-I can’t sing worth a damn. I can’t dance, draw, or speak a foreign language. I can’t milk a cow, install a window, or play an instrument. But fuck, can I walk. On Day-3 I walked over 20 miles uphill and could have gone more if it didn’t get dark. I heaved arms to and fro, grunted out each breath, and roared at whim while my shirt became so blotched with sweat it resembled a giant rorschach test.

-“When I rest my feet my mind also ceases to function.” - JG Hamann (Quoted in Bruce Chatwin’s The Songlines)

-Serious hiking wakes my mind as if from a winter torpor. I stop less to catch my breath and more to write down the hundreds of thoughts hurling through my head. It’s not just the many thoughts that make hiking so invigorating, it’s the type of thoughts. The hiker begins to feel like he can do anything; that the world—not just this trail—can be conquered. I imagined myself as a transcontinental explorer, a revered author, a gallant lover. Oh the delightful strain.

-Atop Mount Rogers, about 5,000 feet, an armada of Hindenburg-sized clouds soar across the sky so fast that they look like giant wraiths frantically scanning the ground for missing ghost-children.

-One night, in the distance, some animal unleashed a loud, bubbly yodel. It was a sound I never heard before. I couldn’t even begin to guess what it was. I can best describe it as a “warbled howl”: part turkey gobble, part wolf howl. It sort of sounded like a trio of karate masters screaming “Waaaa!” in hand-to-hand combat.

- You’d think that four summers of wilderness experience in the arctic would have quelled my fear of bears. After my third day of hiking, I was cooking dinner under a roofed information sign where the trail crosses paths with a highway rest stop. There were torrential downpours and what seemed like 30 mph winds. A local passing by in his car pulled over and asked if I wanted a ride somewhere. I politely declined and he told me that there was “a big bear” just a 100 yards down the road. I disregarded his warning as I set up my tent in a nearby copse of trees. I had just walked 10 hours straight, almost entirely uphill. I zonked out immediately. An hour later, however, I woke with my nerves racing and my eyes wide. The ground crunched nearby and I suddenly realized how foolish it was to camp in such close proximity to a foraging bear. I determined to move my camp across the road where there was a fence that would protect me. When I opened my tent I turned my headlamp on and in the black of night I saw three sets of glowing eyes staring at me. It was horrifying. After a moment, though, I decided that I was looking at deer, not a trio of hungry bears. Still, I hurriedly packed my things and got the hell out of there.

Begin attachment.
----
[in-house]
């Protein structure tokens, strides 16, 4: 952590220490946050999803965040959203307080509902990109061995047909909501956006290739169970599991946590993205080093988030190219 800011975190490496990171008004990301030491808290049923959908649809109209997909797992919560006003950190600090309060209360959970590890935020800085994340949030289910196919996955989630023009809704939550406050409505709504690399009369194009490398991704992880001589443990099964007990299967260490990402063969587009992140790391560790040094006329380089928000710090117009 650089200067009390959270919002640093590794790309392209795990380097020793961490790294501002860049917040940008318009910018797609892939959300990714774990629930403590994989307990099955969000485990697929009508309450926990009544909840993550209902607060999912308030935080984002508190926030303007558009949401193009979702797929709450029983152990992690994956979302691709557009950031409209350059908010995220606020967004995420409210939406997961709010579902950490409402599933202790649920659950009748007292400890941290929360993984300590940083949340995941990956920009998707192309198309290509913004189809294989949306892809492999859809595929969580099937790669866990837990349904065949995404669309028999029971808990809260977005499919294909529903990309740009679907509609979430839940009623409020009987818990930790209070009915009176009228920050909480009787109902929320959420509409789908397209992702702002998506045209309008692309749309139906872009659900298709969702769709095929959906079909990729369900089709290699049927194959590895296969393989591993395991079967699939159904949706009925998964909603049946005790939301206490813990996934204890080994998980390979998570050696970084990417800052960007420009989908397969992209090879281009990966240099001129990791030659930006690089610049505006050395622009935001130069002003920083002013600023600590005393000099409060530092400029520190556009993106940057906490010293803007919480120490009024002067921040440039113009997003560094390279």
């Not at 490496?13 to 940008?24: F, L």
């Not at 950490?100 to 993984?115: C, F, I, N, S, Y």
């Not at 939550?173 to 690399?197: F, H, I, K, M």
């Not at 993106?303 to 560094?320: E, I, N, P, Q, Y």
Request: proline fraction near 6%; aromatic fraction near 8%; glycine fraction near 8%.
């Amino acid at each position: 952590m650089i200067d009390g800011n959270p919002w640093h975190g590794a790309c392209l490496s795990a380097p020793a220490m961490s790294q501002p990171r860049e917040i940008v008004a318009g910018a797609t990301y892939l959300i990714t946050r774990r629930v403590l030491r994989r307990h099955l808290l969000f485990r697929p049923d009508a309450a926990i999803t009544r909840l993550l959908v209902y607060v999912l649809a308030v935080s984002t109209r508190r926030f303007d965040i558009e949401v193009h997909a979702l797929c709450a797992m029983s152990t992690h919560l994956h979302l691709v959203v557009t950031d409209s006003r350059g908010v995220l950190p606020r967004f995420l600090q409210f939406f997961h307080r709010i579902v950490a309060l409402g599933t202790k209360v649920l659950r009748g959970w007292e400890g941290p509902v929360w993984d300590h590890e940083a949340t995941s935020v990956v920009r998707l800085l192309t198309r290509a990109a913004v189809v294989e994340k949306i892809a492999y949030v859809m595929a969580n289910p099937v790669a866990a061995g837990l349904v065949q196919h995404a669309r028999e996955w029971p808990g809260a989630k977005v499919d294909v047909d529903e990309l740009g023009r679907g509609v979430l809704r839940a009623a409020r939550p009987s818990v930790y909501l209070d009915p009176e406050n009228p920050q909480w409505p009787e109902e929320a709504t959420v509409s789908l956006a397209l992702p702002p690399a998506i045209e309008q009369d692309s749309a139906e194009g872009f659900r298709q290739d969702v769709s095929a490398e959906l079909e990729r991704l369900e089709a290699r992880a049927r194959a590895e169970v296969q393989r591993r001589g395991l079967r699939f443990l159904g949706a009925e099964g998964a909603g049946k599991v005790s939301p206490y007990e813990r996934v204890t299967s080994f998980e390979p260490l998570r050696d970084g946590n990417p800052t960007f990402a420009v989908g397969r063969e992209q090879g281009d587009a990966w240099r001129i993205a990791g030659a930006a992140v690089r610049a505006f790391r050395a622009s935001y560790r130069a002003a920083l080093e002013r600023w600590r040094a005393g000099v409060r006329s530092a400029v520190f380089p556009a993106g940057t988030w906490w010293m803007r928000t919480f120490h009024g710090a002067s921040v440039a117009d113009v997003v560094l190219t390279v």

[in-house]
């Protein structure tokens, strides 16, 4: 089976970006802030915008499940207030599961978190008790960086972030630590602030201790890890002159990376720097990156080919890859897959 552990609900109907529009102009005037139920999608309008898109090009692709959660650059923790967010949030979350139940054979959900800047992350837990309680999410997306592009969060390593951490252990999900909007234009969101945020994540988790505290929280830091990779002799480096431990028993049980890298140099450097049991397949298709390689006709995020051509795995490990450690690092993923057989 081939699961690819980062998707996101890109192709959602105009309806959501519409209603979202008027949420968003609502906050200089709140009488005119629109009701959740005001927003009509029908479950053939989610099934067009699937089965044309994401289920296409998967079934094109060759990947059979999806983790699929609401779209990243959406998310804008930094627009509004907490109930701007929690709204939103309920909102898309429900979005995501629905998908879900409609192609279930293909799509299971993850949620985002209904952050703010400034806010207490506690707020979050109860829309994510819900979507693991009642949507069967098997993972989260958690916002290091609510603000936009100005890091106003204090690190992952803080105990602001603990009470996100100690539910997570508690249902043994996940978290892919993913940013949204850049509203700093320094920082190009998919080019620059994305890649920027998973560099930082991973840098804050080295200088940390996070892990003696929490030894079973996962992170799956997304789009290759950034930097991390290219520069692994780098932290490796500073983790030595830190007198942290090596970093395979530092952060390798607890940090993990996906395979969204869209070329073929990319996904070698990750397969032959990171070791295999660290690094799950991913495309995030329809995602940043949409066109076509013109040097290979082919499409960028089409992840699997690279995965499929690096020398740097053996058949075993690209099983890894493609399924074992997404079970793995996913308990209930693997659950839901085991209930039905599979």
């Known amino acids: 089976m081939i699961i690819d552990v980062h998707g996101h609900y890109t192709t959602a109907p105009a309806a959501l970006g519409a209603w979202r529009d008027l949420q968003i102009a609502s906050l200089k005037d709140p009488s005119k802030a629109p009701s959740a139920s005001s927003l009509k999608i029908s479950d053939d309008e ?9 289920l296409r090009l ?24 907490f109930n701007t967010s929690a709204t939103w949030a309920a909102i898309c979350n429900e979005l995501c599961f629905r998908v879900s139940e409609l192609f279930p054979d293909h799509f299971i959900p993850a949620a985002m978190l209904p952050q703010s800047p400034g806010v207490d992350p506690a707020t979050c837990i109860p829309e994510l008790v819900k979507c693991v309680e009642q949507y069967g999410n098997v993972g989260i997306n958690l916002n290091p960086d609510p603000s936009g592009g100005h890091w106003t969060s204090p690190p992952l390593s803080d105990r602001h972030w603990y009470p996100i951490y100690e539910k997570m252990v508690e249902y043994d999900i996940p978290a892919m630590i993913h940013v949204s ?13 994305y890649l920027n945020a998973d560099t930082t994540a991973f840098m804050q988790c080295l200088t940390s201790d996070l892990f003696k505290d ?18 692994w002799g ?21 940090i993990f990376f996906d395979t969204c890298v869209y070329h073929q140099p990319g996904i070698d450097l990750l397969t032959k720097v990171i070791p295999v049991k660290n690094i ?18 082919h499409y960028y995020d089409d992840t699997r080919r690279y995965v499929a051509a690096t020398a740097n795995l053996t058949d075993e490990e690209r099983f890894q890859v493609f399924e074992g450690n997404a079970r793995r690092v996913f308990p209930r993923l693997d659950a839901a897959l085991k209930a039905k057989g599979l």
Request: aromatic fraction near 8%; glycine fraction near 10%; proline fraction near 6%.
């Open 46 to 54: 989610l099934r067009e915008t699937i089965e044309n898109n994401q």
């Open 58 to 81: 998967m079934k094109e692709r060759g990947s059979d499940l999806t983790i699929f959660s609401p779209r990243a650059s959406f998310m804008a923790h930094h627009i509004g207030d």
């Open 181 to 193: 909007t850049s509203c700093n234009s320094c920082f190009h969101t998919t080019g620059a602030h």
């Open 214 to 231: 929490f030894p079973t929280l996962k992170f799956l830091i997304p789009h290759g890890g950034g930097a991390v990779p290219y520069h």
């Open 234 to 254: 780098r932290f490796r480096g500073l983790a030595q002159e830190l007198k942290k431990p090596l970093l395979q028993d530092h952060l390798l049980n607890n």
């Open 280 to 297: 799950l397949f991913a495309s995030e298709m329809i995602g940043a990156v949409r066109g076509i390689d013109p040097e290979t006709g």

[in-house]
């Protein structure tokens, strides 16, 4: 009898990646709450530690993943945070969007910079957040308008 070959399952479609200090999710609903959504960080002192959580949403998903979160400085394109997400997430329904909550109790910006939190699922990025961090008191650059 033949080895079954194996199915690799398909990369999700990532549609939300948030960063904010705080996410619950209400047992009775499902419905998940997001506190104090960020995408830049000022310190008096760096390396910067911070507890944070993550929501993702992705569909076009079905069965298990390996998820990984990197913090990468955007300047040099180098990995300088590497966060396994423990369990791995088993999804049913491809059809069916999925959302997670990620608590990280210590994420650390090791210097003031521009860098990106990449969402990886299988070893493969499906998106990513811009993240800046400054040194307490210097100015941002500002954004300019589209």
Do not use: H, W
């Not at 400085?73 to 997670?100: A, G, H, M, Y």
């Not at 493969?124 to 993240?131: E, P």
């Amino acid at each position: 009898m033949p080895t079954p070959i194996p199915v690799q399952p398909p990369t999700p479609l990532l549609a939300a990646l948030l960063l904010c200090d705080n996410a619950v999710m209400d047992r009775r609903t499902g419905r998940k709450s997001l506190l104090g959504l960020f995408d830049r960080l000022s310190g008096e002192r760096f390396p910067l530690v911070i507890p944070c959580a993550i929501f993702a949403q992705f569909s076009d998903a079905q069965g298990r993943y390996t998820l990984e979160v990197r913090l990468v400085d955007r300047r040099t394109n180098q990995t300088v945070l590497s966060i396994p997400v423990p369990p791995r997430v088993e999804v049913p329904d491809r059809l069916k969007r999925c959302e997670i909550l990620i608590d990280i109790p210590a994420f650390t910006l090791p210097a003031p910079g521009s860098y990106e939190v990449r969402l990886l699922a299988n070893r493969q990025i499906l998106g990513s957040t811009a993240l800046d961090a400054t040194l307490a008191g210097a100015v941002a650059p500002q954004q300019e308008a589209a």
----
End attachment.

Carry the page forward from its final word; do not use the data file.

-I want to posit that 20 miles of good trail is as physically taxing as 1 mile of difficult walking. I also think that I would have done much better on my 24 hour hike if I had been on a trail that inclined and declined like the AT because I would have been alternating the use of certain leg muscles.

-In the town of Damascus—which sees more than its fair share of AT hikers—I still was amused with all the gawkers in town. It feels good to be gawked at when traveling. It makes you feel important. And it makes you remember that you don’t have to wake up to go to work in the morning like the rest of them. Beforehand I picked up a tree limb and used it as a pole, imagining myself as Muir ambling across his beloved Sierra Nevada.

-A cow lowing pre-battle bellows approached me as I traversed over part of the trail that intersected with a farm. I wasn’t sure whether I should be afraid or amused. I bent over to get a look at its genitals. I felt slightly more at ease when I saw udders. Though, it also made me uncomfortable to realize how little I know about an animal I eat so much.



Monday, October 19, 2009

Eating trash for the first time


George: It wasn't down in, it was sort of on top.
Jerry: But it was in the cylinder.
George: Above the rim.
Jerry: Adjacent to refuse, is refuse.
George: It was on a magazine and it still had the doily on it.
Jerry: Was it eaten?
George: One little bite.
Jerry: Well, that's garbage.
George: I know who took the bite. It was her aunt.
Jerry: You my friend have crossed the line that divides MAN and BUM. You are now a BUM.

I guess that officially makes me a bum. But it was hardly trash...

I was 2 am and I was in my secret room where--after the library closes--I go to do homework, to listen to internet radio, and--if the mood strikes me--to dance my ass off. This room has a projector and surround sound, too. After a little tinkering I got it to work. Here I am watching Dark Days in my personal theater.


I had forgotten to bring snacks from the van so after five straight hours of schoolwork I got pretty hungry. Too lazy to walk the half-mile to my van, I began eyeing a stack of Panera meal boxes on top of the garbage bin. Oh, I could just have a little looksy, I thought.

In the top box (that was above the rim) was a half eaten sandwich, an unopened plastic container of salad with raspberry vinigrette dressing, a pancake-sized chocolate chip cookie, and a bag of organic potato chips. It couldn't have been older than a day. Besides, it was from Panera... I ate everything (except the sandwich) with a hearty gusto. A bum I may be.

Friday, October 16, 2009

Walden on Wheels